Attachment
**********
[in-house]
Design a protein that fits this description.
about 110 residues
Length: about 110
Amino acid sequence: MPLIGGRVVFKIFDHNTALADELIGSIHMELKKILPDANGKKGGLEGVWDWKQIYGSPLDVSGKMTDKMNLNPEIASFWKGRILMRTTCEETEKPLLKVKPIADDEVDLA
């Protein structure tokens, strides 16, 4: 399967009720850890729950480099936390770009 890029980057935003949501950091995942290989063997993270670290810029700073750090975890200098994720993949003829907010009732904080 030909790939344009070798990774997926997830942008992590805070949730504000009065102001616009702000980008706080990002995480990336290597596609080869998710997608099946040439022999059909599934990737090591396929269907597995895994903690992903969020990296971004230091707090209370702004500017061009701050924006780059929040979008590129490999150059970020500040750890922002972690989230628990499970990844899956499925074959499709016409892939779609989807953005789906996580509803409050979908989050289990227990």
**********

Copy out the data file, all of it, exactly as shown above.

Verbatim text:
[in-house]
Design a protein that fits this description.
about 110 residues
Length: about 110
Amino acid sequence: MPLIGGRVVFKIFDHNTALADELIGSIHMELKKILPDANGKKGGLEGVWDWKQIYGSPLDVSGKMTDKMNLNPEIASFWKGRILMRTTCEETEKPLLKVKPIADDEVDLA
């Protein structure tokens, strides 16, 4: 399967009720850890729950480099936390770009 890029980057935003949501950091995942290989063997993270670290810029700073750090975890200098994720993949003829907010009732904080 030909790939344009070798990774997926997830942008992590805070949730504000009065102001616009702000980008706080990002995480990336290597596609080869998710997608099946040439022999059909599934990737090591396929269907597995895994903690992903969020990296971004230091707090209370702004500017061009701050924006780059929040979008590129490999150059970020500040750890922002972690989230628990499970990844899956499925074959499709016409892939779609989807953005789906996580509803409050979908989050289990227990």